This simple work contains everything that one could want for what's advertised, and then some.
NPC books have always been a big part of my gaming experience, since I learned that by personalizing all aspects of conflicts players get much more involved in the experience. So I've read a lot of good and bad NPC books. The bad ones either don't tell you what the NPCs should do in your game, or give you NPCs that don't do what the creators say they will.
The good ones, like Memorable Townsfolk, pursue a game role for the NPCs and explain clearly how they will work at your table.
The 12 NPCs in Memorable Townsfolk will never overshadow PCs in adventuring roles - they are tied up in their own agendas and situations. Yet they each have some significant thing they want from the PCs or that the PCs want from them. They each have simply expressed personalities, along with tips for the GM in portraying them. They each have gossip and rumors about them that may or may not be true, which may lead to further adventures or opportunities for the PCs.
What raises Memorable Townsfolk above other NPC supplements, though, is that after the NPCs, there are several sample settlements to help put the NPCs into a particular context, showing you how to put them in your campaign. This was a welcome surprise. It's rare that a supplement goes the extra step of putting its characters in the context of a setting element.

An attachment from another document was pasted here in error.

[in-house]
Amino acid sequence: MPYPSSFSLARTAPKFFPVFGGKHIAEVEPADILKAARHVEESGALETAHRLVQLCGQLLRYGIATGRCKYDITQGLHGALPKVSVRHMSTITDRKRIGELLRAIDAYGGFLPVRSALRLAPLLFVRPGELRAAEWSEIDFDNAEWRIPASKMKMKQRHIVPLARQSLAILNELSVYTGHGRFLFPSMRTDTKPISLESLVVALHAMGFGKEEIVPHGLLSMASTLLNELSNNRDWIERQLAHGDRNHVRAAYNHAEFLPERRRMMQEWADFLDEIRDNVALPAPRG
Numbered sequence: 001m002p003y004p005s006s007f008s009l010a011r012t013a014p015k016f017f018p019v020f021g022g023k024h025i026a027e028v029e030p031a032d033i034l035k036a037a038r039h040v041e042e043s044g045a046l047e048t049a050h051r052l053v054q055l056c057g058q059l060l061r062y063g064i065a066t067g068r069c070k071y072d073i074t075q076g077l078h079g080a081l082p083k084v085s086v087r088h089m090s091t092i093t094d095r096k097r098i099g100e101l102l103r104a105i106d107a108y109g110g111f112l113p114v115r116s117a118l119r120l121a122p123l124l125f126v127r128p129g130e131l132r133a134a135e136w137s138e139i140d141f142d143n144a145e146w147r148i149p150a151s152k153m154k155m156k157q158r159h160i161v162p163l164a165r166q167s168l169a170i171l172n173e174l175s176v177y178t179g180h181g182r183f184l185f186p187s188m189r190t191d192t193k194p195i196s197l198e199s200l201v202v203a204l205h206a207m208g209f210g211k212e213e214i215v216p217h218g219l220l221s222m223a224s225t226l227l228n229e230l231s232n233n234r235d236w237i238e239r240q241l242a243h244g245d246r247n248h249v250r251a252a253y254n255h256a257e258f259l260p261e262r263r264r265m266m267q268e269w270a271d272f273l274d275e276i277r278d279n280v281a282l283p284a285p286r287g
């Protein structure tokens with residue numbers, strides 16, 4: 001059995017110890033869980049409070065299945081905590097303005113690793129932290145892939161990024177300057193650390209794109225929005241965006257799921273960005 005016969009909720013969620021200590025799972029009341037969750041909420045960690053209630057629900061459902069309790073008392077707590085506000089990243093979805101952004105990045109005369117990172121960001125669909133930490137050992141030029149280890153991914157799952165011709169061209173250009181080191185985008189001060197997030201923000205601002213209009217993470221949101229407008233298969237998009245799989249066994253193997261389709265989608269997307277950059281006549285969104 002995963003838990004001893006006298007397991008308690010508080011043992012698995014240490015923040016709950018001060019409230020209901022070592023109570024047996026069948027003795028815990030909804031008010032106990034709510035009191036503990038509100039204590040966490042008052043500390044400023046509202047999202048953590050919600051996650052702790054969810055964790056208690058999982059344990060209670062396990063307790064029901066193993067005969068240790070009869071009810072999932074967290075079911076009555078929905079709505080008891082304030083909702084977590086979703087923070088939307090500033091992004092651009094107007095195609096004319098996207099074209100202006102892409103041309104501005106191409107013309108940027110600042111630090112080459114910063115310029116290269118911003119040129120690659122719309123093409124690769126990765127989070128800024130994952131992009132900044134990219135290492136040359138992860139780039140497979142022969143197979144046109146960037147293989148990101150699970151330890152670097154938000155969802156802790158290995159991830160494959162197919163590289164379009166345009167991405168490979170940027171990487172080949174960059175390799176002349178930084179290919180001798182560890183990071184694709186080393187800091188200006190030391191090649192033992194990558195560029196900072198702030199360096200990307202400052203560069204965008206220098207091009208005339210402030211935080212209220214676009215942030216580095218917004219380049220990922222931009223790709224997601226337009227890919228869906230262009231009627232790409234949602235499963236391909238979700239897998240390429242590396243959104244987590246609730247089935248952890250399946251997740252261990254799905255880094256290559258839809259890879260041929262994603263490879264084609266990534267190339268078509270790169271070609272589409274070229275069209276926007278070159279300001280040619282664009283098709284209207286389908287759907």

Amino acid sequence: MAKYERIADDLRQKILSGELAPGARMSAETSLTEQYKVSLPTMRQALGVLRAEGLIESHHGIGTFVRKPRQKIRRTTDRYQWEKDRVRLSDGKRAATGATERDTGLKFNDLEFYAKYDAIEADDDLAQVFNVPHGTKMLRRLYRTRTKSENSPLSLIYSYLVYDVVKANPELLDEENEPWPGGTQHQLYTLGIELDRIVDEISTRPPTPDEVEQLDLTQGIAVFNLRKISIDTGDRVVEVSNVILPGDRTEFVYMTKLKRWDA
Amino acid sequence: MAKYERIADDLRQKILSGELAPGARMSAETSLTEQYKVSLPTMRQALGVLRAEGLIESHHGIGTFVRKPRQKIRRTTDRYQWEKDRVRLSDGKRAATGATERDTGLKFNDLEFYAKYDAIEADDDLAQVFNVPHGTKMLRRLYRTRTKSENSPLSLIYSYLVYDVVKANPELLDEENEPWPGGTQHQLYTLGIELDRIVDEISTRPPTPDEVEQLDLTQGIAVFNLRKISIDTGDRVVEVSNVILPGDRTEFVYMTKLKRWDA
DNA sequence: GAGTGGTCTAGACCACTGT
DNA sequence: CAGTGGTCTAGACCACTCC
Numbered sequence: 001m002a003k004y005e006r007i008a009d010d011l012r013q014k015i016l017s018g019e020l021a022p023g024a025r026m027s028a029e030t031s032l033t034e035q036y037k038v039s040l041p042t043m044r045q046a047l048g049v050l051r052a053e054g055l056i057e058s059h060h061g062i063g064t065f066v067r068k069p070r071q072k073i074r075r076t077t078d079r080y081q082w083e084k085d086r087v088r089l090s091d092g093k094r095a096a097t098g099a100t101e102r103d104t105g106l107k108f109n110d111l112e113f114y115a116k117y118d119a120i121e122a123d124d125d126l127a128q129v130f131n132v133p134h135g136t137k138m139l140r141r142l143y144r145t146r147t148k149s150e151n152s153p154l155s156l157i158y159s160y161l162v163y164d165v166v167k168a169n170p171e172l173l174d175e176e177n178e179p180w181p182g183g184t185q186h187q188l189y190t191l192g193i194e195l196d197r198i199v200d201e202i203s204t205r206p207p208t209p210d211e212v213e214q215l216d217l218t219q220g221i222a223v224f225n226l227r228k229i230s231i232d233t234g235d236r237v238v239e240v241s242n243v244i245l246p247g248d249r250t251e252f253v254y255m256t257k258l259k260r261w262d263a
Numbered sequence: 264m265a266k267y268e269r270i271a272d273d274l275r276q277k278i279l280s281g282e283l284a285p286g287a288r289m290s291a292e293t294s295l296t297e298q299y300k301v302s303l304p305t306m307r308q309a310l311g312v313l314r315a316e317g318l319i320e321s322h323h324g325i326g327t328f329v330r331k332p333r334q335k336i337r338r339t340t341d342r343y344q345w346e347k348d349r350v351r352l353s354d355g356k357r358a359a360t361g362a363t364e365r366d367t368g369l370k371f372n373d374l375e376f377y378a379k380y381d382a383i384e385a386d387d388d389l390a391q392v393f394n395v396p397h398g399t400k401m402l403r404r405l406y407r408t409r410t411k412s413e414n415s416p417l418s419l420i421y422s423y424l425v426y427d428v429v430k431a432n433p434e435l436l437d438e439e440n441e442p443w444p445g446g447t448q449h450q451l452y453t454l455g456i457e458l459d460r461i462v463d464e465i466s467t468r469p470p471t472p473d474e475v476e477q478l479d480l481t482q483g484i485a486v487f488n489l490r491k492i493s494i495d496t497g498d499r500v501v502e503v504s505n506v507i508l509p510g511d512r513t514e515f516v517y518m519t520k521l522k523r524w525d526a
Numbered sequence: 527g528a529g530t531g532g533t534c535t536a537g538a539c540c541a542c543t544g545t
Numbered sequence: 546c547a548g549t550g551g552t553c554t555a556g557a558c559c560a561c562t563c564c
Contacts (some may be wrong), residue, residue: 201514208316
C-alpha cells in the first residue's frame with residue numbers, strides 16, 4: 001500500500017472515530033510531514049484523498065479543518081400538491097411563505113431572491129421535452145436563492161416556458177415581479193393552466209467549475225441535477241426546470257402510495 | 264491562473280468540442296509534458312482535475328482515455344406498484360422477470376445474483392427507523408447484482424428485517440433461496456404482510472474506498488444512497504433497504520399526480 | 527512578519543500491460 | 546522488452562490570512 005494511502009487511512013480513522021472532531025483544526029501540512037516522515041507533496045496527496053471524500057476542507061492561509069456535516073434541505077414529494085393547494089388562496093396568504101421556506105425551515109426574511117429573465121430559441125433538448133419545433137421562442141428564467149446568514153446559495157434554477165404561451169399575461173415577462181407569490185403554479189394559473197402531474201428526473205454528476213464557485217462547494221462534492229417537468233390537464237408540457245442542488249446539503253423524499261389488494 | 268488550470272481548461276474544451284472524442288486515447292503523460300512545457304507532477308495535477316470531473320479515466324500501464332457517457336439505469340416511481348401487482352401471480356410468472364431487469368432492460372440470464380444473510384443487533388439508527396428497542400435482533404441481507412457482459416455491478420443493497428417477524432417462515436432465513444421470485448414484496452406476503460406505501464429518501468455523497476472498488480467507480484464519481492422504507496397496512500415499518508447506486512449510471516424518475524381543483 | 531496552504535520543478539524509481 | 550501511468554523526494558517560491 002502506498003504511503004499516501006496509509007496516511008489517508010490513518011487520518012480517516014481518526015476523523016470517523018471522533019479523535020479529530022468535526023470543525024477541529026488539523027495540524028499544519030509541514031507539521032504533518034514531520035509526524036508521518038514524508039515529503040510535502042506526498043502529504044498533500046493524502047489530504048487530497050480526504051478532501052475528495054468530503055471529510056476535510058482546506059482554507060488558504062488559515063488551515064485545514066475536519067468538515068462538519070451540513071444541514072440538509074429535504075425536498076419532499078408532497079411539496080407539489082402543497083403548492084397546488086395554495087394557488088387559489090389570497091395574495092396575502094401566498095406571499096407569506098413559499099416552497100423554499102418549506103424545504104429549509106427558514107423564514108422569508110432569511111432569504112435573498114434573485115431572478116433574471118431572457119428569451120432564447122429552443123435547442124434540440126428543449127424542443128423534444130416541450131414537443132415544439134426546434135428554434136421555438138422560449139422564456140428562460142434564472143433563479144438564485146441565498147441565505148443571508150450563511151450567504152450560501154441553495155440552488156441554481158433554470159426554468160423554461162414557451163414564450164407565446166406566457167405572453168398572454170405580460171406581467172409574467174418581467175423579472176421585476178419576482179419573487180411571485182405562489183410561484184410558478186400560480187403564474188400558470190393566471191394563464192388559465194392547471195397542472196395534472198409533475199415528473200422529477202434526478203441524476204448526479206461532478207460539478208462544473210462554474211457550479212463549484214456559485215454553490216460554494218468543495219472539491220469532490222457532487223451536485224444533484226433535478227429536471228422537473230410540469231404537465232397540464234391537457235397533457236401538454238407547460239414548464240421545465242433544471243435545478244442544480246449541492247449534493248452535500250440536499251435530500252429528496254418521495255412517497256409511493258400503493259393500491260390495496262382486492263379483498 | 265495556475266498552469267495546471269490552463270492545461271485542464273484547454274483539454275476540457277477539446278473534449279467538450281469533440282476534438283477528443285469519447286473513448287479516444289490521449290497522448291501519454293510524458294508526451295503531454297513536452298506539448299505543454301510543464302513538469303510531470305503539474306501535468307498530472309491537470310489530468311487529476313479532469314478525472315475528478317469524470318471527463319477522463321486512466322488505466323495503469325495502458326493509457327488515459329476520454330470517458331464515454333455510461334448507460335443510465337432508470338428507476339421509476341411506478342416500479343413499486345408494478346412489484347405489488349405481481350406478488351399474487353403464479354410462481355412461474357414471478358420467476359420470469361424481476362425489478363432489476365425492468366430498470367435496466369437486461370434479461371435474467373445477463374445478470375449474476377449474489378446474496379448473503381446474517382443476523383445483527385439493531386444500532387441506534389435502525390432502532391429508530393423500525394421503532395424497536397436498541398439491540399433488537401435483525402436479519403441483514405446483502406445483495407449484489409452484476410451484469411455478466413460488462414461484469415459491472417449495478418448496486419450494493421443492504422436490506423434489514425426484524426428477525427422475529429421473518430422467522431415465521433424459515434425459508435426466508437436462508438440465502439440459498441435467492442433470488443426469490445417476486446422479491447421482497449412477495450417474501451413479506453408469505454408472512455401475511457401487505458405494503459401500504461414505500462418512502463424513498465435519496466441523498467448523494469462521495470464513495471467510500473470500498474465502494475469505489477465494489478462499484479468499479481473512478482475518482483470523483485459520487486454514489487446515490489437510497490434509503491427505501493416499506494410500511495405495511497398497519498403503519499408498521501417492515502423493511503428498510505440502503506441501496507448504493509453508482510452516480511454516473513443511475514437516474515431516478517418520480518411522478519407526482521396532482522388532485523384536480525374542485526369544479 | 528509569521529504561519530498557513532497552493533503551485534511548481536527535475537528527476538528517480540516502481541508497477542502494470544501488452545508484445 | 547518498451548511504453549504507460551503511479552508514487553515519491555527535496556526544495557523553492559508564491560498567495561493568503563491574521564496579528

I was especially pleased to see that there were significant Pathfinder-specific materials in the game such as the witch class and the settlement rules. Why mark something as a Pathfinder supplement if you're just going to give me D&D3 stuff?
There's also a few fun tables about randomly generating personality traits or tics to make any particular NPC stand out more. (Honestly I don't see why a random table is a good idea for this, since you could conceivably roll the same entry on the table and end up with 20 people who always talk with their arms crossed - wouldn't it be better to put it on a list where I could cross them off one by one as I use them? But there always seems to be a random table. Oh well, nitpicky.) This is a fun addition to the supplement as well.
Layout is solid and clear., bookmarks are used throughout. The "completist's checklist" at the end would be a lot better ad for Purple Duck if the names of the supplements actually linked back to DTRPG or the Purple Duck website!
All in all, this is an excellent supplement that you should pick up if, like me, you like to put NPCs at the centers of your games.
[4 of 5 Stars!]